Cup-marks on megaliths

'Cup-marks' are simple, roughly hemispherical depressions of about 2–10 cm diameter and up to 3 cm depth on the surface of many megaliths and on a number of separate 'cup-marked stones'. Cup-marks often appear in groups which can consist of more than one hundred marks on a single stone: there are e.g. 122 cup-marks on a cap-stone in Qualitz, and more than 167 cup-marks on a cap-stone in Mankmoos (711). Ewald Schuldt argued that most cup-marks, although often heavily eroded by weathering, do not appear to have been pecked but must have been drilled into the stone. Regarding the single cup-marked stones, he suspected that at least some of them may originate from destroyed megaliths, as it clearly is the case at Hamberge e.g. (Schuldt 1972a: 90-1). Interestingly, cup-marked stones do generally not appear outside the distribution areas of megaliths and correspond in fact with the distribution area of the dolmen (Sprockhoff 1938: 140; Schoknecht 1973: 9 and map 5).
Cup-marks and, occasionally (especially in Kreis Bad Doberan), engraved wheel-shaped crosses were identified, sometimes in great numbers, on 79 megaliths in Mecklenburg-Vorpommern, while altogether 28 have got cup-marked stones in their neighbourhood (i.e. in the same parish; cf. Kalms 1970; 1971; Schuldt 1972a: 89-90, table B).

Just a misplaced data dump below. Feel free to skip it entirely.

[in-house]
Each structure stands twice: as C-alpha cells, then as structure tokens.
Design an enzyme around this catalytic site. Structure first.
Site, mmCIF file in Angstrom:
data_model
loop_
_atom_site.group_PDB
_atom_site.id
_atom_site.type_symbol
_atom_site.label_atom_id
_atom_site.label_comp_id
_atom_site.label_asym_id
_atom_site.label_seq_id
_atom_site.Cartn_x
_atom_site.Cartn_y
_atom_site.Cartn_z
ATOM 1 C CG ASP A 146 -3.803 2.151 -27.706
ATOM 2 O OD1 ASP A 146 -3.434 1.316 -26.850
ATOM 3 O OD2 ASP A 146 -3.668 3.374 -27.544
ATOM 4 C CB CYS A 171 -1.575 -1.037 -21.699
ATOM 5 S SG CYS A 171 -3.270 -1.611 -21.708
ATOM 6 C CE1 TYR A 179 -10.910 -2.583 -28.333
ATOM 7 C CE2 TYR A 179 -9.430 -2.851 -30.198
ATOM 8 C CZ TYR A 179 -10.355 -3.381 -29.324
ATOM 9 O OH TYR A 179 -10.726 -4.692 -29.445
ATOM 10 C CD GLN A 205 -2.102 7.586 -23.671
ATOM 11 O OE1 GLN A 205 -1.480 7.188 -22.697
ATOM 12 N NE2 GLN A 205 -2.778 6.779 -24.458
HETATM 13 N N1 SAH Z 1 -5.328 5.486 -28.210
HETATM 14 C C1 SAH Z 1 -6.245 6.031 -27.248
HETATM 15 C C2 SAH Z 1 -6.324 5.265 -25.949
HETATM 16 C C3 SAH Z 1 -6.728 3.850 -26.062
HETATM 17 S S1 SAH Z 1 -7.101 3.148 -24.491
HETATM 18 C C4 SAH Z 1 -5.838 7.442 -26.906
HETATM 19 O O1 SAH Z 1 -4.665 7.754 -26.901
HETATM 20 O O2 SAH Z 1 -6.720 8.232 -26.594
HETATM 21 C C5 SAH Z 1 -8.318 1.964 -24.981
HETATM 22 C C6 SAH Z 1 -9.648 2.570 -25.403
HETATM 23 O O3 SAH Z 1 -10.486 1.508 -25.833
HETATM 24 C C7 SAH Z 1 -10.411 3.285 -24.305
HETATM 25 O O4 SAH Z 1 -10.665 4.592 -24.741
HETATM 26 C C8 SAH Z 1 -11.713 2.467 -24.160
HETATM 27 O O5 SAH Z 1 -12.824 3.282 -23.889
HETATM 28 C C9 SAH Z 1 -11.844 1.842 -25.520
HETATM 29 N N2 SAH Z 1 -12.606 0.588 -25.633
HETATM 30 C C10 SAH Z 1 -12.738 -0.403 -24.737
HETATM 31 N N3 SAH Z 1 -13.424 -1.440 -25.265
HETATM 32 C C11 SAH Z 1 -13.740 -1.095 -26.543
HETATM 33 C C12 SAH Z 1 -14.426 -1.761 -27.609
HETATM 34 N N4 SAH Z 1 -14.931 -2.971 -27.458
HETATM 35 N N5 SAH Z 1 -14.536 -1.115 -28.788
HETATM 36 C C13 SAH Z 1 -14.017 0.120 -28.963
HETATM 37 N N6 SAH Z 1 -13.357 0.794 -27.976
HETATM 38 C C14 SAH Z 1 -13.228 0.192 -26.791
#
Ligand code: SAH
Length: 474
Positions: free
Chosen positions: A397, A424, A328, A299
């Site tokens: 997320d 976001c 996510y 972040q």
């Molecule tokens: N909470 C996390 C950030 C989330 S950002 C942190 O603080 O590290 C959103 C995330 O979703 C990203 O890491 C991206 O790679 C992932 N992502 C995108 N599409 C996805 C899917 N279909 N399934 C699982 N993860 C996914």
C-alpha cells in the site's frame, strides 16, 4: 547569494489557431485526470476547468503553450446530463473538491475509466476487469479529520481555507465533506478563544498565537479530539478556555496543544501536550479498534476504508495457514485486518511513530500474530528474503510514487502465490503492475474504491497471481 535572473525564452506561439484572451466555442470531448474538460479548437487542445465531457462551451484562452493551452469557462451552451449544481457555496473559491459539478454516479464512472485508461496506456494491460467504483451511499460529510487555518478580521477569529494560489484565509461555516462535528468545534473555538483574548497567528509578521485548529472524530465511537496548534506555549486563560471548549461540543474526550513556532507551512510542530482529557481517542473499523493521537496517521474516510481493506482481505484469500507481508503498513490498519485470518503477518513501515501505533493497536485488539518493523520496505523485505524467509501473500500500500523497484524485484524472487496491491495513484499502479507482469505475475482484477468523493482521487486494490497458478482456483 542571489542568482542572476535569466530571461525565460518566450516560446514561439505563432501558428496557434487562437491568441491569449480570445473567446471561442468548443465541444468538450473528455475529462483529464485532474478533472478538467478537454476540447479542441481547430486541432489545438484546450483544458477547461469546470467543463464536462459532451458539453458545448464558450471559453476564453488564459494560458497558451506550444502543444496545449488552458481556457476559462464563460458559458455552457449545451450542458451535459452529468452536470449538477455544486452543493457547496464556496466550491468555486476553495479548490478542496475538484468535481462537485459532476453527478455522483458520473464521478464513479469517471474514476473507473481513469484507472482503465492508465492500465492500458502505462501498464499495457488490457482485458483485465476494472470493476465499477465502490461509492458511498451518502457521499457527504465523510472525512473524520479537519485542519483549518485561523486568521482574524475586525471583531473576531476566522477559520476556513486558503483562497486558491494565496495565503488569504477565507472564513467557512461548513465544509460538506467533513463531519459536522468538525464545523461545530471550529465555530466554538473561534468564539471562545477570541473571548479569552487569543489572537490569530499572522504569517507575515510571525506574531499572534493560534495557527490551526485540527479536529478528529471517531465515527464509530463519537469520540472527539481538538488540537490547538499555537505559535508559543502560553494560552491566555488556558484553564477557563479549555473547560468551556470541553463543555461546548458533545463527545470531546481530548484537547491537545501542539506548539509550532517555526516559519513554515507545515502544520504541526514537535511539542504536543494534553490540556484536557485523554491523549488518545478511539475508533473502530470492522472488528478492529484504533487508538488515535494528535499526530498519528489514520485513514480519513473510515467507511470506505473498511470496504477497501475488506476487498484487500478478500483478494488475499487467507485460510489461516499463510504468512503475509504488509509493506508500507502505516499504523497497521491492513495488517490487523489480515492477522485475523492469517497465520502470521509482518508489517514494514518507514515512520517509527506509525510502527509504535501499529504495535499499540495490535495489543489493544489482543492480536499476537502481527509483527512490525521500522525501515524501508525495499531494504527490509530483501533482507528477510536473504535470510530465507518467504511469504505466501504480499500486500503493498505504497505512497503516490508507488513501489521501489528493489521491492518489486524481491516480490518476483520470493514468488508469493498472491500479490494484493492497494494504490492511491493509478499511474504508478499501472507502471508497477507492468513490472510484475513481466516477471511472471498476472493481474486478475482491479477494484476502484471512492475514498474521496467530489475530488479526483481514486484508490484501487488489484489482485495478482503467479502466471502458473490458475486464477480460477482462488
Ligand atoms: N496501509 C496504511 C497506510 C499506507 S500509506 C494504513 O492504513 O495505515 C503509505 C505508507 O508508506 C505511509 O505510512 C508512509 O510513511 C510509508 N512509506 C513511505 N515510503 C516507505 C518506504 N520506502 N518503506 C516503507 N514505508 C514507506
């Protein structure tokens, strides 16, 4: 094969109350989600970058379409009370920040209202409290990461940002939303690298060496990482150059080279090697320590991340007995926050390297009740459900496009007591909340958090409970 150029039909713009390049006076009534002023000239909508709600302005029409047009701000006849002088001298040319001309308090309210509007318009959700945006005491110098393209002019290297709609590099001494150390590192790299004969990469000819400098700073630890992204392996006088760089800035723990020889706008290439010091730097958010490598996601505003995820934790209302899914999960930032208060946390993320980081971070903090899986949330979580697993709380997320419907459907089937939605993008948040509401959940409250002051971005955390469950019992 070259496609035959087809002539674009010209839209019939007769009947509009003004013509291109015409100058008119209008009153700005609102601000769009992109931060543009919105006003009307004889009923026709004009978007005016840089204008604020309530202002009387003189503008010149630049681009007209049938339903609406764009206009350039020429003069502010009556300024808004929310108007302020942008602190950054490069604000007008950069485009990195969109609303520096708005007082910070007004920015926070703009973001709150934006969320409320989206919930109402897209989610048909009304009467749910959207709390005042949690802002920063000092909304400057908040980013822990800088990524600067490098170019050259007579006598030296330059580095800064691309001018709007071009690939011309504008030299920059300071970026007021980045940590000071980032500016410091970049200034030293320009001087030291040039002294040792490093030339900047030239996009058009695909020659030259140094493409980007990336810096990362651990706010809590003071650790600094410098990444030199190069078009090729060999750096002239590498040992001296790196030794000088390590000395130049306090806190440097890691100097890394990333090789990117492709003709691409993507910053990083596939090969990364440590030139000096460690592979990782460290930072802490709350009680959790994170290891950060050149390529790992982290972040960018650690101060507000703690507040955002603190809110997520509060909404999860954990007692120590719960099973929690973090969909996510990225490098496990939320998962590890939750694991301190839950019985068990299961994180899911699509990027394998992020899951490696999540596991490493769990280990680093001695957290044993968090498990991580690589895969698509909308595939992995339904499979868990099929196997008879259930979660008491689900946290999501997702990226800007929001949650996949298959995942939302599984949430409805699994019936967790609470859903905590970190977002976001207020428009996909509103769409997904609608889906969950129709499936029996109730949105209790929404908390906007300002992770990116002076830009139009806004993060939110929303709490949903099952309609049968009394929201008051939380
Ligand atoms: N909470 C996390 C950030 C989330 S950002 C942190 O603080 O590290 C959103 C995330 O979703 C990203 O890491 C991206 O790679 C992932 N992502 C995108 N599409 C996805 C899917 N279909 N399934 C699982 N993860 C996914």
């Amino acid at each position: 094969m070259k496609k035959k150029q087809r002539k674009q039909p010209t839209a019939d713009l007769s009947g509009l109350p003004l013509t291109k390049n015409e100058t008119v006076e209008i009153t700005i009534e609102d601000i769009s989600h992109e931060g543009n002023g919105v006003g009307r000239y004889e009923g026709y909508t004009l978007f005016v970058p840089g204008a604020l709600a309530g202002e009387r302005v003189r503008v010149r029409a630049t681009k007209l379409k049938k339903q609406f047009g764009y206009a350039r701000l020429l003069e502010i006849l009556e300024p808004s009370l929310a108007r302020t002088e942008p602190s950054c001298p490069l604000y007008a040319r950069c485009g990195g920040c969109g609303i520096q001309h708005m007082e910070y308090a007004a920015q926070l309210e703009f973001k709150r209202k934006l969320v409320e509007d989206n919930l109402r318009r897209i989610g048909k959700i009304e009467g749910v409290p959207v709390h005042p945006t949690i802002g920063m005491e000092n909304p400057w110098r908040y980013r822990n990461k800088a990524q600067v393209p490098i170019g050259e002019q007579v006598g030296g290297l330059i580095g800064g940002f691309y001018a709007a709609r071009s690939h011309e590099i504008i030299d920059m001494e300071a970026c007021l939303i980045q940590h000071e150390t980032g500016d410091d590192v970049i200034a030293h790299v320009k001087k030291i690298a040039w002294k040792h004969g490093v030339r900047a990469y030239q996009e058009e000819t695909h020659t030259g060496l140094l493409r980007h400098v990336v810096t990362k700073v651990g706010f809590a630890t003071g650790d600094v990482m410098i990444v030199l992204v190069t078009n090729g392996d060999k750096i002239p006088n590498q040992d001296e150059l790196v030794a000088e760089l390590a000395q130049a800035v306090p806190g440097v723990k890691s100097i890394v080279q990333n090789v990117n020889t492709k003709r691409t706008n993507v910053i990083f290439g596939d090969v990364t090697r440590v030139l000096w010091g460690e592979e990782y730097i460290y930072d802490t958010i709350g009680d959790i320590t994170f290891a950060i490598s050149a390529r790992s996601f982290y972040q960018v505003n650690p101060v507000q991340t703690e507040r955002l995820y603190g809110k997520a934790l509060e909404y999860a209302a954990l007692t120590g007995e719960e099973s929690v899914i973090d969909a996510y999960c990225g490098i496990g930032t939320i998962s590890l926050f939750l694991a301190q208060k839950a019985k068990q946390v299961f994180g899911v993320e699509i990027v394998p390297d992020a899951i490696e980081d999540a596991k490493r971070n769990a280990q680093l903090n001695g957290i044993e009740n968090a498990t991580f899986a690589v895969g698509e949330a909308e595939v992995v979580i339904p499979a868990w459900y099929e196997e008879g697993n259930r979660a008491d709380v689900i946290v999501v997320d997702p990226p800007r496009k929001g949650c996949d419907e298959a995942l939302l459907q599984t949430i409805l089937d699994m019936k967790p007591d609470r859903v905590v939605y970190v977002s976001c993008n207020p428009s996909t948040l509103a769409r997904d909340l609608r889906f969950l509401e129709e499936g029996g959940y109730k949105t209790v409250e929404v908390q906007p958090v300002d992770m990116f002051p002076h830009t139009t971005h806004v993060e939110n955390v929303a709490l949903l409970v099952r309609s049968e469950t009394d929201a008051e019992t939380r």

Dating cup-marks

It is crucial for interpreting cup-marks on megaliths to know when they were put in the stone: were they made before, contemporaneously, shortly after, or a long time after the megalith was build?

There is not much evidence in Mecklenburg-Vorpommern that cup-marks are older than the megalith in its present arrangement, and that older and possibly significant stones subsequently were re-used in the megalith, similar to practices which are, for instance, known from the British Isles during the Bronze Age (Burgess 1989-90; Bradley 1992; 1997: 138-48). Only in Teterow (1099) a previously cup-marked stone may have been used in a megalith (Ortsakte, note from 1935).

Uwe Kalms stated (1970: 4) that cup-marks on megaliths were contemporaneous with the building of the megaliths, but he did not give any reasons for this opinion. Richard Bradley (1997: 57–65) argued convincingly for a similarly early age of rock art in Atlantic Europe, but things may have been very different along the southern shores of the Baltic Sea where comparable rock art is missing too. Only in the case of the megalith at Forst Tarnow (477), which was probably in 1821 still covered by its primary mound, there is no doubt that the more than 68 cup-marks found on one cap-stone date to the Neolithic (Hollnagel 1969: 113 and fig. 88).